When I was a medical student at Columbia College of Physicians and Surgeons, a framed quotation used to hang outside of the office of the Department of Medicine. It was this memoir of Hector Berlioz:
My father, Louis Berlioz was a doctor. It is not for me to estimate his abilities, but I may say that he inspired great confidence both in our town and in the neighboring ones. He was keenly sensitive to the responsibilities of his profession, and believed that in the practice of so dangerous and difficult an art as medicine, it behooved him to devote every spare moment to mastering it, since the life of his fellow-creatures was dependent on his skill.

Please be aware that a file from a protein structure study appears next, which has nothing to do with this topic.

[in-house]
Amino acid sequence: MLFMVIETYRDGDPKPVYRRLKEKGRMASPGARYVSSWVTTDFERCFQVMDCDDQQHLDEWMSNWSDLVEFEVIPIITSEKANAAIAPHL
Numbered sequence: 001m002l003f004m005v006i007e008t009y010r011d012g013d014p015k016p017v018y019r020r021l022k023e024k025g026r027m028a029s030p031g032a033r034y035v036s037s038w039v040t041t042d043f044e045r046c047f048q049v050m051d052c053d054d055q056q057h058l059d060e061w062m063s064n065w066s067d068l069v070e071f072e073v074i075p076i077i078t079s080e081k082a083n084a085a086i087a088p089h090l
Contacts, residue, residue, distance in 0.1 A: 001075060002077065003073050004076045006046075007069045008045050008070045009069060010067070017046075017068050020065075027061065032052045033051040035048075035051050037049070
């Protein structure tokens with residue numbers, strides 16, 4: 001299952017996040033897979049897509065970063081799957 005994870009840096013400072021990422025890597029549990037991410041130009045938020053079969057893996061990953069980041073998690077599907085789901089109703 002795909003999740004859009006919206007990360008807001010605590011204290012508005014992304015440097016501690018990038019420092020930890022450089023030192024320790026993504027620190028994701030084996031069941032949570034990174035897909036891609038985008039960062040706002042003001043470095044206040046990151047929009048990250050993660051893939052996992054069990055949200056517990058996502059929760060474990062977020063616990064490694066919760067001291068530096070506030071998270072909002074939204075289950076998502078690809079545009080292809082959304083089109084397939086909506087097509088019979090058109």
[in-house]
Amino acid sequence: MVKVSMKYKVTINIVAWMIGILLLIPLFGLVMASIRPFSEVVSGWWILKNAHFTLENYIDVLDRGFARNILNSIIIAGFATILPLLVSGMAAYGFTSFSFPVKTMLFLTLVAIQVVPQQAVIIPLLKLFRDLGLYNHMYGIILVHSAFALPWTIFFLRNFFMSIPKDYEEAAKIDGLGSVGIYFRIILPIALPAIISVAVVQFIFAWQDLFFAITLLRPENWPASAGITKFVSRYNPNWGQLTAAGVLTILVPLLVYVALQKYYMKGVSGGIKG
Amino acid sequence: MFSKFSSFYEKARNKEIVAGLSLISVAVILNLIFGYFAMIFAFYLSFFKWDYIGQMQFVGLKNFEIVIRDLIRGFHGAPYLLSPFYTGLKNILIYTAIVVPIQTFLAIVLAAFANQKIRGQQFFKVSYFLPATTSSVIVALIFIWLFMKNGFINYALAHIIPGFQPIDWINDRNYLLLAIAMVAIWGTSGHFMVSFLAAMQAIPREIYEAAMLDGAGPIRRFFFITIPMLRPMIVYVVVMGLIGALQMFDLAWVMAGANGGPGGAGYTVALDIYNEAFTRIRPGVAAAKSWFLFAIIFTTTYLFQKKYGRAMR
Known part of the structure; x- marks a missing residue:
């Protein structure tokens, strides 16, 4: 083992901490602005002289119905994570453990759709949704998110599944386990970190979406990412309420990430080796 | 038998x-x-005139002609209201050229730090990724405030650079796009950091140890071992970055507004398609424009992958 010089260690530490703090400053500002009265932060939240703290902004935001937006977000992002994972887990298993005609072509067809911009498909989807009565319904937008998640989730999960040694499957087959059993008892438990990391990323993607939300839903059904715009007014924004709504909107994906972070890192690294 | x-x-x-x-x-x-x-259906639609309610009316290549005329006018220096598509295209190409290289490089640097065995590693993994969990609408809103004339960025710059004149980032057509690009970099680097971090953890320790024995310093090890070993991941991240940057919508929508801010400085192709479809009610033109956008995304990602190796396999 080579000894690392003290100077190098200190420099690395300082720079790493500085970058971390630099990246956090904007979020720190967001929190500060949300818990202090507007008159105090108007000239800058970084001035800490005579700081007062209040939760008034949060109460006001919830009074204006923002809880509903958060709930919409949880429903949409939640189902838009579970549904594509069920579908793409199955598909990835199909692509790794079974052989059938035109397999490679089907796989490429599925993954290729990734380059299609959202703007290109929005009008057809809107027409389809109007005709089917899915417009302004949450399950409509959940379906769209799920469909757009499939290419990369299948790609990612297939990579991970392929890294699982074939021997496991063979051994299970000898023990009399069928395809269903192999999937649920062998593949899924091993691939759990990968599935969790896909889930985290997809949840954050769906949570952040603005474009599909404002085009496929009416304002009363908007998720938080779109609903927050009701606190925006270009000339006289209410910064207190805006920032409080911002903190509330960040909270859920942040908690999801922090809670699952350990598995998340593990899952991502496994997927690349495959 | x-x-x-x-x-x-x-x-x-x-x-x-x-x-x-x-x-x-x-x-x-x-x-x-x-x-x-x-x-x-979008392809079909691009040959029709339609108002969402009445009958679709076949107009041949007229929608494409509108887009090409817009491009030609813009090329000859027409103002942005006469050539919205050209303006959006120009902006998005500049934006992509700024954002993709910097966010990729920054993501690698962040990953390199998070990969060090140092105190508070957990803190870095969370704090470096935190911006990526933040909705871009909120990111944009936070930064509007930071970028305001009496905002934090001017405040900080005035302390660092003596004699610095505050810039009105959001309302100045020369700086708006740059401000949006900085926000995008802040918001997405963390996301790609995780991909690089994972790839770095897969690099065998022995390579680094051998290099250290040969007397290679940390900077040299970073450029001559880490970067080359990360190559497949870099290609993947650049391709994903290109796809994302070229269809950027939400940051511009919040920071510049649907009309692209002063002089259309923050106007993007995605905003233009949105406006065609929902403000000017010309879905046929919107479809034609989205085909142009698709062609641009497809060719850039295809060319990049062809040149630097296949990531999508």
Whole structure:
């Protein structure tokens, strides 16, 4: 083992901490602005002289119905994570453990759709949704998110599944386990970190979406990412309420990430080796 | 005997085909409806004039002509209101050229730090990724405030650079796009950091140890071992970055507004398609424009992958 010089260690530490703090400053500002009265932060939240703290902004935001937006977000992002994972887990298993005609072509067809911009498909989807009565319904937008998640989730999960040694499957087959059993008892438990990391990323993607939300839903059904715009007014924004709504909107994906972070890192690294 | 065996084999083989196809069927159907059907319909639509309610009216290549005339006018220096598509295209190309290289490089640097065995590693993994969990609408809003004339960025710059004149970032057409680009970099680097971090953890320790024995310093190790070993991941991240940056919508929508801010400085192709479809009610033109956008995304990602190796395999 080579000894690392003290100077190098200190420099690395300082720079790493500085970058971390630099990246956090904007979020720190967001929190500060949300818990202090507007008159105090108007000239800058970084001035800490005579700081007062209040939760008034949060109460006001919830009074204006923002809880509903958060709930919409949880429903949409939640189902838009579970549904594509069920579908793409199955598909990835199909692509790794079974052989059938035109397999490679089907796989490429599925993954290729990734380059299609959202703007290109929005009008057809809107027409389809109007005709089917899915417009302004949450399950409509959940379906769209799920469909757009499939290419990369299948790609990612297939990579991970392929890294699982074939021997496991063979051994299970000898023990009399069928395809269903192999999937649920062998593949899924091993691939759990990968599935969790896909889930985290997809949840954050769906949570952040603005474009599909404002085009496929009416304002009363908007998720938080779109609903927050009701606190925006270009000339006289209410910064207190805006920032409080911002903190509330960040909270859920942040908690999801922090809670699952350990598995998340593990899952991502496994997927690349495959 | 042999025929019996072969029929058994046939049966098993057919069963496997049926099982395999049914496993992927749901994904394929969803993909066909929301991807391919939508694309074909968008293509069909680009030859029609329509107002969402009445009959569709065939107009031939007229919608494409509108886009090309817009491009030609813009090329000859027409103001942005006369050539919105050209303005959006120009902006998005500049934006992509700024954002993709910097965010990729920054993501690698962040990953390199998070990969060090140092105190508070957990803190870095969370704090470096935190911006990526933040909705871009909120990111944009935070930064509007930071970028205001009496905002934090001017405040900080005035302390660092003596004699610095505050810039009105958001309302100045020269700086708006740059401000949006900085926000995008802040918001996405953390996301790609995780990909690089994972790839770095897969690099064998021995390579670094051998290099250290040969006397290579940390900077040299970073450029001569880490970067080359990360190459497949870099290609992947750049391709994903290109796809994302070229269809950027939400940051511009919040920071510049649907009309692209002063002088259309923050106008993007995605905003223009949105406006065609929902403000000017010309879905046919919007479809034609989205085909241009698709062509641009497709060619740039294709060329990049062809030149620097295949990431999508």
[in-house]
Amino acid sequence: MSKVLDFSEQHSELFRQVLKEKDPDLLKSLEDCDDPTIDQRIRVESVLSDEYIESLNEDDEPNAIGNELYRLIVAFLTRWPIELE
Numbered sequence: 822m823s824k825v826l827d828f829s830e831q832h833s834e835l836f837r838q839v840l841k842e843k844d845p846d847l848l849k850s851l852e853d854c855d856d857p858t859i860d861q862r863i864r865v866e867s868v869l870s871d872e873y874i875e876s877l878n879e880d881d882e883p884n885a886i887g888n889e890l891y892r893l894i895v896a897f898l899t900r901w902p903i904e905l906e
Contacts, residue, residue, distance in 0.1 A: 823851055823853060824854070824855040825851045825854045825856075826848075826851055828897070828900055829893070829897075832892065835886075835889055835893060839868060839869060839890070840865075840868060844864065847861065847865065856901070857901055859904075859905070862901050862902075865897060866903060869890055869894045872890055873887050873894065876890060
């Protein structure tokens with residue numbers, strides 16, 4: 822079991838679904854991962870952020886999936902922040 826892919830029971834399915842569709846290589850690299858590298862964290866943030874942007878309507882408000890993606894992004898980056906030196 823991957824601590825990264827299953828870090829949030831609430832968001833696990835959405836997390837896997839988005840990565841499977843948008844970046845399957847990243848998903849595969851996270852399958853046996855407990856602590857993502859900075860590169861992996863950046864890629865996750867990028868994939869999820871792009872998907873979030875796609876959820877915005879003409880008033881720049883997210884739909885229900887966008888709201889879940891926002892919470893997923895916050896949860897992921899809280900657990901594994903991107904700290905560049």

To the best of my recollection, this was the only intimation ever offered that there might be an intellectual hereafter following departure from the university center. Indeed, other exposures seemed to conspire in such
Goldfinger SE. Continuing Education and General Internal Medicine. Arch Intern Med. 1977;137(9):1311–1315. doi:10.1001/archinte.1977.03630210163052
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